Mr. Cox was a methodical merchant from the very start. He kept a record of every transaction. The first item of goods sold by the merchant is set down thus: ‘1819, May 5, Quills, 6 ¼ cents.’ His simple system of keeping accounts enabled him to know what he was doing at all times. He paid for articles as he bought them, and when they were gone, if he had money to replace them, it was evident that he was neither losing money nor getting in debt. At the end of each week he footed up his sales, being for the week from May 31 to June 6, 1819, $23.37 ½. From this modest beginning George Cox’s business grew until his name was as familiar to the merchants of the east as that of any man in the Union, and it carried with it a prestige that might well be envied. It was not many years before increasing business obliged Mr. Cox to secure larger quarters, and he moved into the building now occupied by the ‘St. Charles,’ on Front Street. Here he remained until 1840, when he bought the property immediately across the alley from the ‘St. Charles,’ and this he occupied as store and dwelling until 1850, when the site now occupied, on Second Street, was purchased.
Friday, November 25, 1881
William H., Mr. Cox’s eldest son, was about this time admitted to a partnership in the house, and under the firm name of George Cox & Son the business grew until it was perhaps the largest retail dry goods trade in northern Kentucky. Mr. Cox possessed in a large degree that prerequisite for success, patience. He knew that a permanent business could not be established with a lavish expenditure of time, and he chose rather to win the confidence of his customers than to urge upon them goods that would not prove satisfactory. He had one price for an article, and that was the price first named. He sought a fair return for his investments, and rather than deviate from an established rule the article could remain on the shelf. On the other hand, if any line of goods advanced in price, he never advanced the price of those on hand, but often sold them for less money than was necessary to replace them. He despised the shams and shoddy of modern days, and rather than misrepresent an article in the slightest degree he would permit a customer to go elsewhere. This he made an infallible rule at the outset, and it is a rule that is observed by the house to this day, as it has been throughout an honorable career of nearly seventy years. Mr. Cox was among the few Englishmen who became Americanized. In 1851 he paid a visit to London but found little pleasure in the trip. Nearly all his relatives had died or moved to other lands, and upon his return to Maysville he told his family, ‘I’m an American now, and no longer an Englishman.’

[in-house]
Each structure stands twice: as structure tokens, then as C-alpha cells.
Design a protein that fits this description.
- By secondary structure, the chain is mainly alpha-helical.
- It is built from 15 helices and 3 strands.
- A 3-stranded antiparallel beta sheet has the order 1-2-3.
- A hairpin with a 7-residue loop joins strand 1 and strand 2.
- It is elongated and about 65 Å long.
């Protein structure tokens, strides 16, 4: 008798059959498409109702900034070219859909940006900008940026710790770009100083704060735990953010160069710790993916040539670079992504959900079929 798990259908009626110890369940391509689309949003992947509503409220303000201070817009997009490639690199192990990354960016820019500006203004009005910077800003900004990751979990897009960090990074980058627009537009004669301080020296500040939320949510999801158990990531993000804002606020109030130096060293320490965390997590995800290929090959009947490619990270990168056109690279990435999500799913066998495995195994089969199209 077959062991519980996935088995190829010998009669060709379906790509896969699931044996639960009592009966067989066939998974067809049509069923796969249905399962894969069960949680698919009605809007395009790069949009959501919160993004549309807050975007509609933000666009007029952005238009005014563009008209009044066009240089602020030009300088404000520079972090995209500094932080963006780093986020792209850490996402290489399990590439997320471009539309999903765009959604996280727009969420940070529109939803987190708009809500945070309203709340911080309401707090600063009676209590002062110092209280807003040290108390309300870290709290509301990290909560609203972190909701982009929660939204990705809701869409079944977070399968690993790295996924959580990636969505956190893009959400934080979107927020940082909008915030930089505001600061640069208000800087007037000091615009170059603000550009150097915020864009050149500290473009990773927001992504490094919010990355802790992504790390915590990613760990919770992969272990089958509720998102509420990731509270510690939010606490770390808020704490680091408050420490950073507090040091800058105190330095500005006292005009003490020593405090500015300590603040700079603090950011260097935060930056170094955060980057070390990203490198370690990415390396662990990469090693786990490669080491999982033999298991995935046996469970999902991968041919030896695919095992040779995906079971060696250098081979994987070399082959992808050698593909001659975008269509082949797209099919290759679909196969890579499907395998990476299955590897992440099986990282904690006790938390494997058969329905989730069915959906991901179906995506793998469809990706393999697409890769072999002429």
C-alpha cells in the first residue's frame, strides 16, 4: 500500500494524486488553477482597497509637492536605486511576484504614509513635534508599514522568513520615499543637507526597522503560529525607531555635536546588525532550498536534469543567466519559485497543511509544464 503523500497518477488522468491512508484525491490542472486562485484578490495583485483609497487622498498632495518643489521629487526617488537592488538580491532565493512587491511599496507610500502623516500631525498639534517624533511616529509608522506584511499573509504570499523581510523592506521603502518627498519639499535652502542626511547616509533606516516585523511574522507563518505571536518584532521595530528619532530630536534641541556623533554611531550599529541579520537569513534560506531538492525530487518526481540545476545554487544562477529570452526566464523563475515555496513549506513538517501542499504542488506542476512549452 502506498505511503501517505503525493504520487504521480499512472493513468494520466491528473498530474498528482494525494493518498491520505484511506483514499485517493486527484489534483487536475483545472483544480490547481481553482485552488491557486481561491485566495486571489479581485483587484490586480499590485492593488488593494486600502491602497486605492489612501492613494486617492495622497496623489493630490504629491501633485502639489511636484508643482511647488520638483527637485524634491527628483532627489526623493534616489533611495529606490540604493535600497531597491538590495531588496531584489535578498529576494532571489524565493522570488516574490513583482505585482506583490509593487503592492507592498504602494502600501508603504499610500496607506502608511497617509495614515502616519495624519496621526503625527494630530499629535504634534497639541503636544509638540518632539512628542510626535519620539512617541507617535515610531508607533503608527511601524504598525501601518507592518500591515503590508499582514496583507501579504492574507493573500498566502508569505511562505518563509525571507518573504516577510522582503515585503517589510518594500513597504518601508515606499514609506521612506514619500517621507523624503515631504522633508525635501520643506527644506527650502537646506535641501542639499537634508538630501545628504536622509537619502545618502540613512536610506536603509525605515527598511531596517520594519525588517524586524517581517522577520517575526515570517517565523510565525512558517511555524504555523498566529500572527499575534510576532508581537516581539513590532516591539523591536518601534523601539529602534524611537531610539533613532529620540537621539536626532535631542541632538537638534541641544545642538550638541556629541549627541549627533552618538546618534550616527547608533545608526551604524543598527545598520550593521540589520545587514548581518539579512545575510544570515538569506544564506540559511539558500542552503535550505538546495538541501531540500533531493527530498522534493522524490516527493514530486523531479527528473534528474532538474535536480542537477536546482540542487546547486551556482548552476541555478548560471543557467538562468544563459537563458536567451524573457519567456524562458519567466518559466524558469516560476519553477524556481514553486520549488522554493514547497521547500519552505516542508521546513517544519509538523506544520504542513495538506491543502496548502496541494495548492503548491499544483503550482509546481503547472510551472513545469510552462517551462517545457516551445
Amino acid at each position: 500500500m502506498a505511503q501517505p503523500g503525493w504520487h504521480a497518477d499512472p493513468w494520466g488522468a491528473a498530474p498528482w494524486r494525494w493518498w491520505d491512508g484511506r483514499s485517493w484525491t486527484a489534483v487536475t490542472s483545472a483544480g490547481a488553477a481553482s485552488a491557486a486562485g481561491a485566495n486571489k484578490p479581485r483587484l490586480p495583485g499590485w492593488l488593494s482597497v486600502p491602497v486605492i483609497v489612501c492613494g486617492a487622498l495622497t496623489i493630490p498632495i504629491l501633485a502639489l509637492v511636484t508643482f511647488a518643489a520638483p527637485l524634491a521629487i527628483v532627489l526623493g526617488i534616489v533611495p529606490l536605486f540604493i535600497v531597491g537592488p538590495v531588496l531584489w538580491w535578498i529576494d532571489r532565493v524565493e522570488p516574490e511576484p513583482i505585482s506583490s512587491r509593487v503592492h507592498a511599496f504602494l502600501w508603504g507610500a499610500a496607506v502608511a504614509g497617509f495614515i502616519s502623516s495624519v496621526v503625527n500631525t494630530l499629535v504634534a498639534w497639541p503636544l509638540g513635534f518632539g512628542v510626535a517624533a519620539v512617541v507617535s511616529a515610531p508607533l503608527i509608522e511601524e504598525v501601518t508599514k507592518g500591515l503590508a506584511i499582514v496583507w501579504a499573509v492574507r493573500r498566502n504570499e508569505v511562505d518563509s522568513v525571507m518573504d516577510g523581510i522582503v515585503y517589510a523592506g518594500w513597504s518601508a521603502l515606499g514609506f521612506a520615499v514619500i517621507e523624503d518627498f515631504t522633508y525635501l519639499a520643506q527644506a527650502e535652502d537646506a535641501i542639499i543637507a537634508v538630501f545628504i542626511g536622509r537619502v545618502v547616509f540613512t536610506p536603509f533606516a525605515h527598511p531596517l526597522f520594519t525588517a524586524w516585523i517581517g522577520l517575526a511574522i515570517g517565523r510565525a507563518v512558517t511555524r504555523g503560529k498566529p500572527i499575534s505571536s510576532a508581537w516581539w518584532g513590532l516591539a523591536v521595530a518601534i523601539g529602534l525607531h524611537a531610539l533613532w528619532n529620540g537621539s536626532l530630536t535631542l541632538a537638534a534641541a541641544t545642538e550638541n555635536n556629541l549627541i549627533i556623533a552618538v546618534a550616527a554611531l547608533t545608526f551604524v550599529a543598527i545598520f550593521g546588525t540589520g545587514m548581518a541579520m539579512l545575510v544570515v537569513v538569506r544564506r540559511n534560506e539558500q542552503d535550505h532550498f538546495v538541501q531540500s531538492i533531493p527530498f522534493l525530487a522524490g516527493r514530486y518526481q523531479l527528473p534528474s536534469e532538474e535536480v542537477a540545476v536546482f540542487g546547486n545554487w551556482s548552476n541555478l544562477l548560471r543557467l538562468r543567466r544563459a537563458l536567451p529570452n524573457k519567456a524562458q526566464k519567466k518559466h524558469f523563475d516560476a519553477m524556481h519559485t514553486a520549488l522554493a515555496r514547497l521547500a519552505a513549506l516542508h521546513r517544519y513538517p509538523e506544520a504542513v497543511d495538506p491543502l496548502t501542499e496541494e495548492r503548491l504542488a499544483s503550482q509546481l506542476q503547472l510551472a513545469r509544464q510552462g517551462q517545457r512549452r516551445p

He was an unflinching friend of the Government during the Rebellion. He loaned largely of his means to aid in carrying on the war, taking in return Government bonds, despite the protests of many of his friends that the bonds would be worthless. He reasoned that if the Government lost, everything was lost, and he would rather sacrifice his fortune in an effort to save his Government, than to lose it by remaining passive. Mr. Cox was a liberal contributor to every public enterprise and to every worthy object. He was opposed to taxing the public for railroad and other internal improvements, believing that they should be built by private enterprise. He was a good citizen in all that the term implies.
His death, on the 21st of September 1881, removed from Maysville her staunchest merchant. Although possessed of a large fortune, consisting of real and personal property, he made no will, expressing confidence that the law would make an equitable and satisfactory division among his heirs, a confidence that was not misplaced.
Tuesday, February 3, 1885
Mr. Cox had by his first wife fourteen children, three of whom are still living (November 1887): Lissant, the only surviving son; Mrs. Lucy M. Keith, of Maysville, and Mrs. E. C. Reeder, now residing in Kansas City, Missouri.
Mrs. Cox died June 20, 1853, and on the 12th of November 1854, Mr. Cox married Mrs. Mary C. Dimmitt, who survives him.
John Cox, the father, came to Maysville from Lexington, some time after 1820, and died here September 6, 1845, in his ninetieth year.
His second wife died in Maysville, June 20, 1835, aged sixty-five years.
Wednesday, April 10, 1895
Wednesday, January 11, 1905
Saturday, July 22, 1905